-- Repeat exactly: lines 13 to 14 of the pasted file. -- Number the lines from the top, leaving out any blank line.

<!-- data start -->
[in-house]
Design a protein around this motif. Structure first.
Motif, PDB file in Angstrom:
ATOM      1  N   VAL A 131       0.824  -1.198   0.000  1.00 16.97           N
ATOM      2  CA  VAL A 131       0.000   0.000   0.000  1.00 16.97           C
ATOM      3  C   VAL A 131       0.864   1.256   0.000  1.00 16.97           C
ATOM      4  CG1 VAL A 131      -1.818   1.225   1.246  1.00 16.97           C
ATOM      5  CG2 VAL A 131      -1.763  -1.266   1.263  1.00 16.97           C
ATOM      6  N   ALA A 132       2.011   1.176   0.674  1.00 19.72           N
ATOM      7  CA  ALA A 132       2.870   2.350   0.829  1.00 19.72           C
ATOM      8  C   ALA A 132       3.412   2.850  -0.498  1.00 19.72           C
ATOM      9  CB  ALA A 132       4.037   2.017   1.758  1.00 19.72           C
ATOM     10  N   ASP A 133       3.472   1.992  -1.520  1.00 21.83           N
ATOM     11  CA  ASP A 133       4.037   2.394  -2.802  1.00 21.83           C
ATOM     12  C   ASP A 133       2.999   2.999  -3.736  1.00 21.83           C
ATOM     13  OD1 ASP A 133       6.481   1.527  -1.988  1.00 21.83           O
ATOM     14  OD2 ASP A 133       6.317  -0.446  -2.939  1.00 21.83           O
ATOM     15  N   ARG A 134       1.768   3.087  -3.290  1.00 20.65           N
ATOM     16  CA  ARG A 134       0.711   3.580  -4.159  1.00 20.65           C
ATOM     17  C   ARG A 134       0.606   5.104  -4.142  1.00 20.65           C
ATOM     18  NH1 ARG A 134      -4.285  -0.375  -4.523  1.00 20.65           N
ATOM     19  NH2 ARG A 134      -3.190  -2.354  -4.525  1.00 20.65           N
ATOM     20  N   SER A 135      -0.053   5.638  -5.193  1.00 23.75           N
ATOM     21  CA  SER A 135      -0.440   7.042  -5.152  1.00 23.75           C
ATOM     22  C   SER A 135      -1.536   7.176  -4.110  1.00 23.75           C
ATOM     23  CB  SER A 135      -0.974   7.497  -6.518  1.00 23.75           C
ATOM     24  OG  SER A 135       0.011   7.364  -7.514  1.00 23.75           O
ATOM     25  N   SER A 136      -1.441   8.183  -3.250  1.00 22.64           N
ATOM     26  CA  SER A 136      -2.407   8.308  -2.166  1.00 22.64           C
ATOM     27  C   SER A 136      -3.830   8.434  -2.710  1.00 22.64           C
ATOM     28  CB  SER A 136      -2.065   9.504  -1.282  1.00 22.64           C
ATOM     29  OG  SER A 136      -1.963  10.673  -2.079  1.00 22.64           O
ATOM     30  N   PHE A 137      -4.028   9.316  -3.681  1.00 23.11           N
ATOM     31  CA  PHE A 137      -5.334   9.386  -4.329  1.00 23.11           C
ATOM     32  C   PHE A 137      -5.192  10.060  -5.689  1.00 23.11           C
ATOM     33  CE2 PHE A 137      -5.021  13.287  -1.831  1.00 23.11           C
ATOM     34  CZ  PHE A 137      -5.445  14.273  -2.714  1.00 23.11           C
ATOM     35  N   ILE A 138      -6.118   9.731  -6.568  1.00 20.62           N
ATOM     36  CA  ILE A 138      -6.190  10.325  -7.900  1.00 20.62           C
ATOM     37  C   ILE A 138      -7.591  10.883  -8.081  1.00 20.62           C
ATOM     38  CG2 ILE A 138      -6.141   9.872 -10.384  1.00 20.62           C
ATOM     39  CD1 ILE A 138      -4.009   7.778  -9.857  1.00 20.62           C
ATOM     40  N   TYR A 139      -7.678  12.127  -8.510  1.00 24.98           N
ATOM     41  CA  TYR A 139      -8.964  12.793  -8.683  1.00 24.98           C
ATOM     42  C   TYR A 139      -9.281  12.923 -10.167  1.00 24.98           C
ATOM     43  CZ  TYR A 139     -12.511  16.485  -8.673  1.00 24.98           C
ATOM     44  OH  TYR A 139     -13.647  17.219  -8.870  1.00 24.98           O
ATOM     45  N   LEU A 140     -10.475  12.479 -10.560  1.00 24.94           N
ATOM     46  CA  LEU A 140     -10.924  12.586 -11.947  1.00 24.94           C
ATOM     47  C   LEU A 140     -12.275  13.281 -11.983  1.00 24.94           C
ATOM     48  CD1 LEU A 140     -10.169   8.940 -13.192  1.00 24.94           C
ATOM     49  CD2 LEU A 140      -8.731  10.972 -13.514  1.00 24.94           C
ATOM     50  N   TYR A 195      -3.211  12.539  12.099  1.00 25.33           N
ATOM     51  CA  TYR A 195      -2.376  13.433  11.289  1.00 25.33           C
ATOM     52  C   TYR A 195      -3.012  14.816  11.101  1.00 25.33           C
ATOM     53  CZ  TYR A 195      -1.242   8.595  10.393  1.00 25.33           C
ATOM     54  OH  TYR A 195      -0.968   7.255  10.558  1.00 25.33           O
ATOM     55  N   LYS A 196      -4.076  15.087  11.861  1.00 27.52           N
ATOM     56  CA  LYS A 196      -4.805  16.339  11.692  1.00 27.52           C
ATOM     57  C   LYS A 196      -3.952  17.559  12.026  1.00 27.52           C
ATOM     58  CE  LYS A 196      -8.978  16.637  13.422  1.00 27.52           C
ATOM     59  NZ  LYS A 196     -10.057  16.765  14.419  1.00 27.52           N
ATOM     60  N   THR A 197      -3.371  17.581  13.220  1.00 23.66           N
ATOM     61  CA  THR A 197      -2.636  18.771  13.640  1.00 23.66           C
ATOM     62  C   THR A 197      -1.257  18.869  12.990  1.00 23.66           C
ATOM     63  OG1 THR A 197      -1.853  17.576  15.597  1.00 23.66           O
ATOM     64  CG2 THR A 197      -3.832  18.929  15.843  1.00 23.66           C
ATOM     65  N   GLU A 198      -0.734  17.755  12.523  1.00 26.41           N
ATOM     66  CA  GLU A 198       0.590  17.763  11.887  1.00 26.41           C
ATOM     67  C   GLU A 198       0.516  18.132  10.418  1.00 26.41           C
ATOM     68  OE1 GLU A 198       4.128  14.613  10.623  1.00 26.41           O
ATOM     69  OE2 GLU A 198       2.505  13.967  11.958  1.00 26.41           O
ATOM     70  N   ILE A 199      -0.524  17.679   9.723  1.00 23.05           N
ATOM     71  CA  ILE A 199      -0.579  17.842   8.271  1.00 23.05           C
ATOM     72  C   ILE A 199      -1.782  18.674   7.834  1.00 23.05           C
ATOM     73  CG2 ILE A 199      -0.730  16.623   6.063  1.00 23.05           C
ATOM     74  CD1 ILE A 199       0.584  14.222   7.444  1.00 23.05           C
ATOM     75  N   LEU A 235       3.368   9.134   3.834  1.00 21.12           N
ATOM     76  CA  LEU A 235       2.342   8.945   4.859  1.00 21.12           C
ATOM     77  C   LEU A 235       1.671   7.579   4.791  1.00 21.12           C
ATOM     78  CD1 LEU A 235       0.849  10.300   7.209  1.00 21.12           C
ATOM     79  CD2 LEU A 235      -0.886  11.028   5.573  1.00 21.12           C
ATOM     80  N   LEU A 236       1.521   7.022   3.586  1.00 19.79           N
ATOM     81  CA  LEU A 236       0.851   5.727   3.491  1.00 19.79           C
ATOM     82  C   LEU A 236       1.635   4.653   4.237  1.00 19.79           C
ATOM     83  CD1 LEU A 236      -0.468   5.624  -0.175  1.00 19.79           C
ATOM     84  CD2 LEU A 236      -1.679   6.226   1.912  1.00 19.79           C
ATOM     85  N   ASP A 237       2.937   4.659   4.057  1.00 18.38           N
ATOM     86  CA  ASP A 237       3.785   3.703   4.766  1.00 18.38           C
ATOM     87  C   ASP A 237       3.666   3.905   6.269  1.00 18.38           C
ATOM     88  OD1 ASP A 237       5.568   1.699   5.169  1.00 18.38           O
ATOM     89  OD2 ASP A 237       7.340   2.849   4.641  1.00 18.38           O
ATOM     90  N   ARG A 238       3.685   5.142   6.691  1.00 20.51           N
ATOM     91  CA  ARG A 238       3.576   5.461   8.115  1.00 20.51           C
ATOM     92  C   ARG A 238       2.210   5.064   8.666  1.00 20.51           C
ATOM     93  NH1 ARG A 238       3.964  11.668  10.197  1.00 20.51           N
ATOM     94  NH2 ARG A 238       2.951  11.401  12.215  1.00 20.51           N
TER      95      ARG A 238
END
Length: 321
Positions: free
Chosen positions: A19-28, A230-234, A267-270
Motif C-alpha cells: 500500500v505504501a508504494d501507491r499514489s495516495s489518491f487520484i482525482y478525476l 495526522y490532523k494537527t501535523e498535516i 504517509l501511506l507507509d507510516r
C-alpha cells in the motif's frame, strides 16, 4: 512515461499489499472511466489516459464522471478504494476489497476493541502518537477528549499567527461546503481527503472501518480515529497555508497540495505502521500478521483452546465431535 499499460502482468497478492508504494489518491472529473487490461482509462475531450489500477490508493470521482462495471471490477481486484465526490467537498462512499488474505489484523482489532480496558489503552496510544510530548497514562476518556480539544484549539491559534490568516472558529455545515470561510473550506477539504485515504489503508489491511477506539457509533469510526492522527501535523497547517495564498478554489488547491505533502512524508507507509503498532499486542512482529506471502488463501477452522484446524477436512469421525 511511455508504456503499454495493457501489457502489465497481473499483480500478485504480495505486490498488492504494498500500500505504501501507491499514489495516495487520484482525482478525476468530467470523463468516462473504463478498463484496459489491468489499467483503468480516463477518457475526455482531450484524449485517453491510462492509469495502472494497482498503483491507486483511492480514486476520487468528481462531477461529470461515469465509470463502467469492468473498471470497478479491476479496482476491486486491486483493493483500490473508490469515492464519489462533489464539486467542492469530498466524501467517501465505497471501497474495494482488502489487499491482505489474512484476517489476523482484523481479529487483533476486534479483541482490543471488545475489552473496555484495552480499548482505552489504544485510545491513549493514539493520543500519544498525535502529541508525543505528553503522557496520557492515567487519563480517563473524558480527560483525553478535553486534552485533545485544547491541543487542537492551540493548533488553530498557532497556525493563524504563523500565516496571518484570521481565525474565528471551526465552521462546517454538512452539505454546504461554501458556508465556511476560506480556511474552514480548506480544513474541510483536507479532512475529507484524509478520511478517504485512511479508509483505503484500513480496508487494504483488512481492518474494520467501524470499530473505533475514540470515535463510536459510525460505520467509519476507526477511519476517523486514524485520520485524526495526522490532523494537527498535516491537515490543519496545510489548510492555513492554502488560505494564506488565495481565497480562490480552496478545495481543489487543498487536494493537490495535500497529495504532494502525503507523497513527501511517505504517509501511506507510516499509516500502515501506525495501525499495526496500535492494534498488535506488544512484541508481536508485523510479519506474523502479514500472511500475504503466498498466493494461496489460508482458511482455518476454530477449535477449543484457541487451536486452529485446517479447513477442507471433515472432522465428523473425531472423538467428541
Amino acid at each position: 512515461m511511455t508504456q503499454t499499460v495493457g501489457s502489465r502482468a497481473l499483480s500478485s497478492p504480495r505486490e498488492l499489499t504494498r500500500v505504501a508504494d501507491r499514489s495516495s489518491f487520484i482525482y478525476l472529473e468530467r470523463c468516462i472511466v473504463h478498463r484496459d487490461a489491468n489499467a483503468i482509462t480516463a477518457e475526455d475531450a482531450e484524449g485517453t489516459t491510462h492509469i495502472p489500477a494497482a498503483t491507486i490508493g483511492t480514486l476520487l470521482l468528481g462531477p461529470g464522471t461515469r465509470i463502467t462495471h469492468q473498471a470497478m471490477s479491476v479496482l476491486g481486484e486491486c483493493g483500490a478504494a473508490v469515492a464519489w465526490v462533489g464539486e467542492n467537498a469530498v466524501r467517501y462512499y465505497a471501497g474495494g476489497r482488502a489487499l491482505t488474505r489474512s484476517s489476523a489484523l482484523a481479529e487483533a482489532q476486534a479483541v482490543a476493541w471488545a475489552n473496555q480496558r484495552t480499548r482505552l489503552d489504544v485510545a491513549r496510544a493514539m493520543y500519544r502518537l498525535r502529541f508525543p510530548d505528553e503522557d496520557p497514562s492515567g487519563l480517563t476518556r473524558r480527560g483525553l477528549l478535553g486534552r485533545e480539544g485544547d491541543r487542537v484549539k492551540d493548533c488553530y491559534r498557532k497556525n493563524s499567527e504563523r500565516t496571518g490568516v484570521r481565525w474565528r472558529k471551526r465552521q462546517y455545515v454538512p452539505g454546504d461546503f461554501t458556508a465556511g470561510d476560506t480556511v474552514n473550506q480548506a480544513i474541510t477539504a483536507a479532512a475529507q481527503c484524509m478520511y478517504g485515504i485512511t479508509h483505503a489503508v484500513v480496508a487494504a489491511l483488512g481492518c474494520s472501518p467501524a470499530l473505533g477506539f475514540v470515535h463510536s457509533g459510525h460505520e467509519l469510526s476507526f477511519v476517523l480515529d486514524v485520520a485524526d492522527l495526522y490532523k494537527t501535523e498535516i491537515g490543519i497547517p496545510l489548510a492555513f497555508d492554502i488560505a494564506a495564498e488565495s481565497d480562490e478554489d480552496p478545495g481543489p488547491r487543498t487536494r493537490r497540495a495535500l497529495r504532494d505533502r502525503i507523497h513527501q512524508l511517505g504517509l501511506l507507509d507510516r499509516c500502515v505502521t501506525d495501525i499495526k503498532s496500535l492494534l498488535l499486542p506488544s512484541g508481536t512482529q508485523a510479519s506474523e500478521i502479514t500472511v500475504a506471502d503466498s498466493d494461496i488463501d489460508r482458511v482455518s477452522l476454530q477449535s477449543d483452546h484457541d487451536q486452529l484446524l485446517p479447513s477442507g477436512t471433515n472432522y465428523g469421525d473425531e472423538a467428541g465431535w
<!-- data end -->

ATOM     10  N   ASP A 133       3.472   1.992  -1.520  1.00 21.83           N
ATOM     11  CA  ASP A 133       4.037   2.394  -2.802  1.00 21.83           C